Artificial agents, good care, and modernity

When is it ethically acceptable to use artificial agents in health care? This article articulates some criteria for good care and then discusses whether machines as artificial agents that take over care tasks meet these criteria. Particular attention is paid to intuitions about the meaning of 'care', 'agency', and 'taking over', but also to the…

A Prospective Framework for the Design of Ideal Artificial Moral Agents: Insights from the Science of Heroism in Humans

The growing field of machine morality has becoming increasingly concerned with how to develop artificial moral agents. However, there is little consensus on what constitutes an ideal moral agent let alone an artificial one. Leveraging a recent account of heroism in humans, the aim of this paper is to provide a prospective framework for conceptualizing,…

Frankenstein Unbound

The Frankenstein myth of creature turning on creator is centuries if not millennia old. But only recently, under the impact of the cybernetic revolution, has this fantasy entered the realm of the possible. This paper explores the legal ramifications of Artificial Intelligence (AI) with specific emphasis on “humanoid” criminality. Following a review of the actual…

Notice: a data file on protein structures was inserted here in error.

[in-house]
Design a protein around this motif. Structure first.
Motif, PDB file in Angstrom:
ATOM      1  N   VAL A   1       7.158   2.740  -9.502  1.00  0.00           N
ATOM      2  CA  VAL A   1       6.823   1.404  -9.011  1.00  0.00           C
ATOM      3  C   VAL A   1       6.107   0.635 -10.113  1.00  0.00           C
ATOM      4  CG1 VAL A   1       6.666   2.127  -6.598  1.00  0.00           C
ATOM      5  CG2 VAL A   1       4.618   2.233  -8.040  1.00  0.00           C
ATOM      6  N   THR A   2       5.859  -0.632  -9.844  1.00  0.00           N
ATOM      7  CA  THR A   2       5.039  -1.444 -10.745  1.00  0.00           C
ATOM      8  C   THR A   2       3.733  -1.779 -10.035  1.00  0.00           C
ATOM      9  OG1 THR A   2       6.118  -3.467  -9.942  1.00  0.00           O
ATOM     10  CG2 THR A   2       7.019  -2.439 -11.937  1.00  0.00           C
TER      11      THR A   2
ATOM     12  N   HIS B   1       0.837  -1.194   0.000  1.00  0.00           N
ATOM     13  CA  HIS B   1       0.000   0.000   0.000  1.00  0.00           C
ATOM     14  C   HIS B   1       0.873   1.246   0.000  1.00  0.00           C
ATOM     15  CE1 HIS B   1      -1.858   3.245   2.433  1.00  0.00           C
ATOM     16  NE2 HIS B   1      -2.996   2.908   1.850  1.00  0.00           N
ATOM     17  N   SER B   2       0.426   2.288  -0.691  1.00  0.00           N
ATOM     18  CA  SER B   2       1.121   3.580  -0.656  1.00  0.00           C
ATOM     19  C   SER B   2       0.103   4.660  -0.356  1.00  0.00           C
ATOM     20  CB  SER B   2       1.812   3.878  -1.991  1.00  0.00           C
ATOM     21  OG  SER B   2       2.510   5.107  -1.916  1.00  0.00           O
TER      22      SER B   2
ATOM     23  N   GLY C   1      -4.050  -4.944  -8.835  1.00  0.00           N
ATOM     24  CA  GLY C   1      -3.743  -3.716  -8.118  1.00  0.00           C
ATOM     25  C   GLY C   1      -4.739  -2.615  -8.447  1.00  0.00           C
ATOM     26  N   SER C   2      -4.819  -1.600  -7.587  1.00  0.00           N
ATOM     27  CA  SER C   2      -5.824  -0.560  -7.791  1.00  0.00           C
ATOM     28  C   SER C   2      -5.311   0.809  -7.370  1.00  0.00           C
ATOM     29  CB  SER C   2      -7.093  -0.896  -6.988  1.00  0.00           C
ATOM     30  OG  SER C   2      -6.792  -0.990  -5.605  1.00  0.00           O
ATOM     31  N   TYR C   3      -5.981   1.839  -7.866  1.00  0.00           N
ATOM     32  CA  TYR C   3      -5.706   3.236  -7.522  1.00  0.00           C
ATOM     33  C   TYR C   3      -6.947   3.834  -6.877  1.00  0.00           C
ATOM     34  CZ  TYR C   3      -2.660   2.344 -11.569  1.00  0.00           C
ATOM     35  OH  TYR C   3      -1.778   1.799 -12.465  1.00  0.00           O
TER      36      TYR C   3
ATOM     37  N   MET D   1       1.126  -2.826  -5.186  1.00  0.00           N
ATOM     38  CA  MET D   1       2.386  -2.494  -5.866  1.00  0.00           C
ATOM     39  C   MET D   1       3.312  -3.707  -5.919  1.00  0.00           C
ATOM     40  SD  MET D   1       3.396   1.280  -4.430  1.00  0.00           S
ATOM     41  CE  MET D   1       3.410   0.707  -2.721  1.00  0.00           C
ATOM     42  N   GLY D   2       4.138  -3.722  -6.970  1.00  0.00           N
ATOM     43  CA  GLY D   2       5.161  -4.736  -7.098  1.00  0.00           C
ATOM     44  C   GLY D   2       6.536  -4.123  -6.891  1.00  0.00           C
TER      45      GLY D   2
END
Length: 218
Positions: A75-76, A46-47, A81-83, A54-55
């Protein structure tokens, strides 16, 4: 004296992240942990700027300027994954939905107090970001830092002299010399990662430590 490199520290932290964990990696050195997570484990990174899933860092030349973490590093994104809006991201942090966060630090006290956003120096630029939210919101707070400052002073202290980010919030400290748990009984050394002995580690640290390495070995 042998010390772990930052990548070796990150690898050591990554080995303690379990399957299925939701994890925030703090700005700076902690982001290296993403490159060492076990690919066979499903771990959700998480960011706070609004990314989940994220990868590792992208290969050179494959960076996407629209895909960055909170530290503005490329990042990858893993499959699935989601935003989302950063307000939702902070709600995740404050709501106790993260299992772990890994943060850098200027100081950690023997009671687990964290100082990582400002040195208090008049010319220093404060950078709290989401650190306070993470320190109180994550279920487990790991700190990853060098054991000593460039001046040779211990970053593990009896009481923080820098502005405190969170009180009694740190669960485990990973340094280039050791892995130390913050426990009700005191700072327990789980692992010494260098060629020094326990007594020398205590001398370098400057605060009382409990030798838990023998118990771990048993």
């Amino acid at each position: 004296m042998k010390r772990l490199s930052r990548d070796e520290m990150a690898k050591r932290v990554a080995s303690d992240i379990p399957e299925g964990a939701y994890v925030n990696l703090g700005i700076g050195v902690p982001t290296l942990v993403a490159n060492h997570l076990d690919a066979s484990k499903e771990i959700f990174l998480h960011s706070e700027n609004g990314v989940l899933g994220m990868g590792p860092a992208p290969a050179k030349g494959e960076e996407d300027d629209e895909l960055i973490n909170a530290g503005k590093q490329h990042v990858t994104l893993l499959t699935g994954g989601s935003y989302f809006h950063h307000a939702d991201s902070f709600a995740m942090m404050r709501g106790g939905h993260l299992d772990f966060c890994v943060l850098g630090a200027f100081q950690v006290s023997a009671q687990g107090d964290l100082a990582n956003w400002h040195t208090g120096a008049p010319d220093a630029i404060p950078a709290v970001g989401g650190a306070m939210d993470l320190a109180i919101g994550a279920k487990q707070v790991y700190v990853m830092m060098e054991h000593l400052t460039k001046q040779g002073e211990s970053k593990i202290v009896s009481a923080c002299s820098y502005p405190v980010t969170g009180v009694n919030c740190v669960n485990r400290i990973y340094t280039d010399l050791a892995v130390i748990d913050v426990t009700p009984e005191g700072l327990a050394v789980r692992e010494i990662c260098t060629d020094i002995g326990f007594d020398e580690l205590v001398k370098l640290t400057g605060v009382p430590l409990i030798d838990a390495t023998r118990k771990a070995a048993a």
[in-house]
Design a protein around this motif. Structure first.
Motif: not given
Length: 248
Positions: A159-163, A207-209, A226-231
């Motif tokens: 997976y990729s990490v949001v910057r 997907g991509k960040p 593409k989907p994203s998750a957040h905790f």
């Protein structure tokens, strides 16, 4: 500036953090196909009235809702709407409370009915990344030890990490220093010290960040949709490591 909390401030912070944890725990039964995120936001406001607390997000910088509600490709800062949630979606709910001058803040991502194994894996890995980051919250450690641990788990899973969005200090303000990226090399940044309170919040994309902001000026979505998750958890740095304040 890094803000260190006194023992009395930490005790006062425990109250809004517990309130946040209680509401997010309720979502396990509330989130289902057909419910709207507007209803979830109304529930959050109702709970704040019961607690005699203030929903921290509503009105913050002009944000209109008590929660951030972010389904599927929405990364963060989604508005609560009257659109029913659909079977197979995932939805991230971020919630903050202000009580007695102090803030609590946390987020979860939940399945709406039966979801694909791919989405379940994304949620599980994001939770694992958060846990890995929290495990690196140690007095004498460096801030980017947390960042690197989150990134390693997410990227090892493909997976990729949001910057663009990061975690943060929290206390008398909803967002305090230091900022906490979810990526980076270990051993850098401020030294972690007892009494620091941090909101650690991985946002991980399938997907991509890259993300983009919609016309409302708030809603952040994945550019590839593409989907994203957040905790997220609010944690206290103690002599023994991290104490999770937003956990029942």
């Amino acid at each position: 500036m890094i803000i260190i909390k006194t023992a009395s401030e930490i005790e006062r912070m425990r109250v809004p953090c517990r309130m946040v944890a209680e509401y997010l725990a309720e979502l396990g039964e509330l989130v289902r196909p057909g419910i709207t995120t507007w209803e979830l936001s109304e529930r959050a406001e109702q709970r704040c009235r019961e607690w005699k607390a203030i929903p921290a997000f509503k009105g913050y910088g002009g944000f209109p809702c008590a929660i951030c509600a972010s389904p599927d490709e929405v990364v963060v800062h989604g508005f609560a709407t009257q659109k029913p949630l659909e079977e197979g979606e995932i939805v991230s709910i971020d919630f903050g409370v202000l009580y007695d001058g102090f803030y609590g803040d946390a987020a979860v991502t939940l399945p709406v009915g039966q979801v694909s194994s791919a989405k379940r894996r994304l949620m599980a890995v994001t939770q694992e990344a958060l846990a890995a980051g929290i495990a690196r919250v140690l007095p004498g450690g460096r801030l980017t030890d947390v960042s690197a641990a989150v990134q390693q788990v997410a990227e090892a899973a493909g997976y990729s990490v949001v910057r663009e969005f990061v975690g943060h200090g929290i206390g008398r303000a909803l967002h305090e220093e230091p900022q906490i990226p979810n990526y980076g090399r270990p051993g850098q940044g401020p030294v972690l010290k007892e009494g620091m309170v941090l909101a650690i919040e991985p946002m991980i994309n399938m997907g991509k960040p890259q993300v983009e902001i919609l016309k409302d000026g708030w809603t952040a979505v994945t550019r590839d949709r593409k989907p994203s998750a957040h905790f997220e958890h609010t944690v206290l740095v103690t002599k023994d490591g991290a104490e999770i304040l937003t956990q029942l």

AIonAI: A Humanitarian Law of Artificial Intelligence and Robotics

The enduring progression of artificial intelligence and cybernetics offers an ever-closer possibility of rational and sentient robots. The ethics and morals deriving from this technological prospect have been considered in the philosophy of artificial intelligence, the design of automatons with roboethics and the contemplation of machine ethics through the concept of artificial moral agents. Across…

Health Care, Capabilities, and AI Assistive Technologies

Scenarios involving the introduction of artificially intelligent (AI) assistive technologies in health care practices raise several ethical issues. In this paper, I discuss four objections to introducing AI assistive technologies in health care practices as replacements for human care. I analyse them as demands for felt care, good care, private care, and real care. I…

Machine morality: Bottom-up and top-down approaches for modelling human moral faculties

The implementation of moral decision making abilities in artificial intelligence (AI) is a natural and necessary extension to the social mechanisms of autonomous software agents and robots. Engineers exploring design strategies for systems sensitive to moral considerations in their choices and actions will need to determine what role ethical theory should play in defining control…

The responsibility gap: Ascribing responsibility for the actions of learning automata

Traditionally, the manufacturer/operator of a machine is held (morally and legally) responsible for the consequences of its operation. Autonomous, learning machines, based on neural networks, genetic algorithms and agent architectures, create a new situation wherein the manufacturer/operator of the machine is in principle not capable of predicting the future machine behaviour anymore, and thus cannot…